The rain forest in Brazil is a unique ecosystem that is particularly threatened by the impacts of climate change. In the worst case scenario, huge parts of the Amazon River basin could transform into a savannah. This would have dramatic consequences both for the worldwide climate, as well as the local population whose livelihood depends on the rain forest. Like many other Latin American countries, Brazil has not fully confronted what is entailed in adapting to climate change. However, this is gradually changing. For instance, the Brazilian climate change plan published in December 2008 covers adaptation. Based on more accurate regional climate models that are expected to be published in 2009, the government intends to prepare detailed adaptation measures.
Climate change will affect Brazil in multiple ways. The consequences of global warming can already be observed today. During the past decades, patterns of precipitation have changed significantly and temperatures have risen by 0.5°C.
The Amazon region is especially vulnerable to climate change. The Amazon is the largest rainforest in the world and represents 40 percent of all remaining rainforest on the planet. About 65 percent of the Amazon region is located in Brazil. The remainder is distributed across eight additional countries. The Amazon region is crucial for both the global and the local climate. Through evaporation, the rainforest absorb massive amounts of heat and is an important source of fresh water. About half of all rainfall in the Amazon region is caused by local evaporation. Furthermore, the most important export-oriented agricultural regions of Brazil are dependent on the Amazon water cycle, and given its role as a huge CO2 sink, the Amazon region serves a key function in the global climate systems.
It has long been known that massive clear-cutting operations represent a serious threat to the Amazon rainforest. The fact that the tropical rainforest is also threatened by the impacts of climate change is less known. Temperatures and rainfall amounts are expected to become more volatile in the future. Furthermore, a global average temperature increase of 2°C could result in a local temperature rise of up to 4°C. This problem, and the rising frequency of extreme weather events, could overburden the natural adaptive capacity of the rainforest, leading parts of the rainforest to be transformed into savannahs.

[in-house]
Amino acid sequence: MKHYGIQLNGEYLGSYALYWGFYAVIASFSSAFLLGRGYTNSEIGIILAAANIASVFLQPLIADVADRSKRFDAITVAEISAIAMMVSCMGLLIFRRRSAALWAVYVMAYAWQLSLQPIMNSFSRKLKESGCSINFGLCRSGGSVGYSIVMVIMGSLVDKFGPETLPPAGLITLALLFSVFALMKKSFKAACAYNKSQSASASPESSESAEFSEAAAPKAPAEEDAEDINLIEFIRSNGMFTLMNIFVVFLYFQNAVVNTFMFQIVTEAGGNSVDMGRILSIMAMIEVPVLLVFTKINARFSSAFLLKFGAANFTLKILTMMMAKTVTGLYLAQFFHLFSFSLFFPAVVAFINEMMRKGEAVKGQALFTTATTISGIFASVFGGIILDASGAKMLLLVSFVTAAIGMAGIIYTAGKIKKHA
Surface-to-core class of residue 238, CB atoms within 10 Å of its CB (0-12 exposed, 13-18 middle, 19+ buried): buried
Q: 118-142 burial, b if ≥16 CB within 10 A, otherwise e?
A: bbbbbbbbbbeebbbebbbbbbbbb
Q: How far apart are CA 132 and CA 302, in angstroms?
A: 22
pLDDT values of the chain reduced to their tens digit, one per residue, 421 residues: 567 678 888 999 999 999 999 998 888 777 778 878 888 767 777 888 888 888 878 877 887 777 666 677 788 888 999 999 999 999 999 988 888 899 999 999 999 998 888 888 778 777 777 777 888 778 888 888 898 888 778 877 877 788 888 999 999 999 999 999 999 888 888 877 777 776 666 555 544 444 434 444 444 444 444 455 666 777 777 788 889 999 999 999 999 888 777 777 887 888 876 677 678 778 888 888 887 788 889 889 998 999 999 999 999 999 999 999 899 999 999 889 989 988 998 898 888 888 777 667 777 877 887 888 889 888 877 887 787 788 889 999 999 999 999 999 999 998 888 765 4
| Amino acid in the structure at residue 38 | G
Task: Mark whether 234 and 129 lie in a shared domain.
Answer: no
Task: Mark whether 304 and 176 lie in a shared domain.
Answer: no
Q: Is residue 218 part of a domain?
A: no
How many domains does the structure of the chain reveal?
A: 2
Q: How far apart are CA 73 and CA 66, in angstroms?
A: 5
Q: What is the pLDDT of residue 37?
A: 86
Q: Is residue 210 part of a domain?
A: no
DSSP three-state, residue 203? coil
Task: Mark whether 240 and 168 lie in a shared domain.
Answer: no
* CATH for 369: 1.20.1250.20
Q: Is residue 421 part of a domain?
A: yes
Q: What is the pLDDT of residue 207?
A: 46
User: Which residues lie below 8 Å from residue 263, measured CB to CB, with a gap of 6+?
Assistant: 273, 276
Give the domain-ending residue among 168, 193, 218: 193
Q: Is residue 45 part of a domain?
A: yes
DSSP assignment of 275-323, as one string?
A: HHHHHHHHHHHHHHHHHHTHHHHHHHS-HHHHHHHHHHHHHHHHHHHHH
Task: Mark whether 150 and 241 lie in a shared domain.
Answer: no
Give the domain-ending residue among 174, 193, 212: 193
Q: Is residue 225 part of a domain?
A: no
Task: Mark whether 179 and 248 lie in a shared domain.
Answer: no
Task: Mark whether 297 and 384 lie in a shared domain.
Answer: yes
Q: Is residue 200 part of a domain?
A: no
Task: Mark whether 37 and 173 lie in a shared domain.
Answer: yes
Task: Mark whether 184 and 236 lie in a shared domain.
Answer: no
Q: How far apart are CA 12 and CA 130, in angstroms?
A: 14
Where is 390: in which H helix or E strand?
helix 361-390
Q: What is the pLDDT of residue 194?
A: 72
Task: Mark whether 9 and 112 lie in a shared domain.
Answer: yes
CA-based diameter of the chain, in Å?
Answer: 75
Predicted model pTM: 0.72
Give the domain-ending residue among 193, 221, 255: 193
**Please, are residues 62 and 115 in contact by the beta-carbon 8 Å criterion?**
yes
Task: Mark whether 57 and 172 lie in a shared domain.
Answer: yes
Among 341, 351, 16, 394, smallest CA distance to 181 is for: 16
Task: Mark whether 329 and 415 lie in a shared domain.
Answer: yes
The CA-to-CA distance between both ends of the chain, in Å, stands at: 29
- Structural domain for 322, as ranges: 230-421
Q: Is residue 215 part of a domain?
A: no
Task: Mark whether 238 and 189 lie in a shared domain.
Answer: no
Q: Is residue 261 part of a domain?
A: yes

The country profile above was found in the Meister Consultants Group study: Floating Houses and Mosquito Nets: Emerging Climate Change Adaptation Strategies Around the World.
Source: Dr. Hans-Peter Meister, I. K., Martina Richwein, Wilson Rickerson, Chad Laurent. Additional contributors: Jeff Snell, Elisa Burchert, Florian Lux. (2009).Floating Houses and Mosquito Nets: Emerging Climate Change Adaptation Strategies Around the World. Boston: Meister Consultants Group. p. 76-79.
For more detailed information and references refer to Floating Houses - Full Report.
To date, Brazil has submitted one National Communication to the United Nations Framework Convention on Climate Change (UNFCCC) in December 2004. The Communication established the First National GHG Inventory for the period 1990-1994 including the agricultural sector and land-use change and forestry. It also gives a description of the programs and policies currently active in the country containing a climate change component. Finally, it contains a part on the integration of the climate change issue in future medium term and long term planning, in terms of environmental legislation, measures against deforestation and research programs on climate change topics. A Second National Communication is in the works and will include a renewed National GHG Inventory with 2000 as its base year.
The Ministry of Environment (MMA, Portuguese acronym) through its Climate Change Unit (DEMC, Portuguese acronym) is responsible for the development of policies and strategies for mitigation of GHG emissions and for adaptation to climate change effects. It also is in charge of coordinating the Executive Group for Climate Change (GEx, Portuguese acronym) responsible for the elaboration and implementation of the National Climate Change Program.
Brazil has initiated a number of vulnerability studies and assessments and a climate change plan is under preparation to design local responses to climate change, including adaptation measures by sector. The following two vulnerability studies have been completed: i) coastal ecosystems in the state of Rio de Janeiro and ii) impact on the Atlantic Rainforest (Mata Atlantica) biome.
Source: World Bank Country Notes on Climate Change Aspects in Agriculture. Accessed on: 24 May 2010 at http://web.worldbank.org/WBSITE/EXTERNAL/COUNTRIES/LACEXT/0,,contentMDK:...
For additional information and for the complete Brazil - Country Note on Climate Change Aspects in Agriculture refer to the World Bank Country Notes here.
The Country Notes are a useful tool for organizing in a systematic way the available information on climate change and agriculture in each country. They provide a brief summary of information pertinent to both climate change and agriculture in 19 countries in LAC, with focus on policy developments (action plans and programs), institutional make-up, specific adaptation and mitigation strategies, as well as social aspects and insurance mechanisms to address risk in the sector.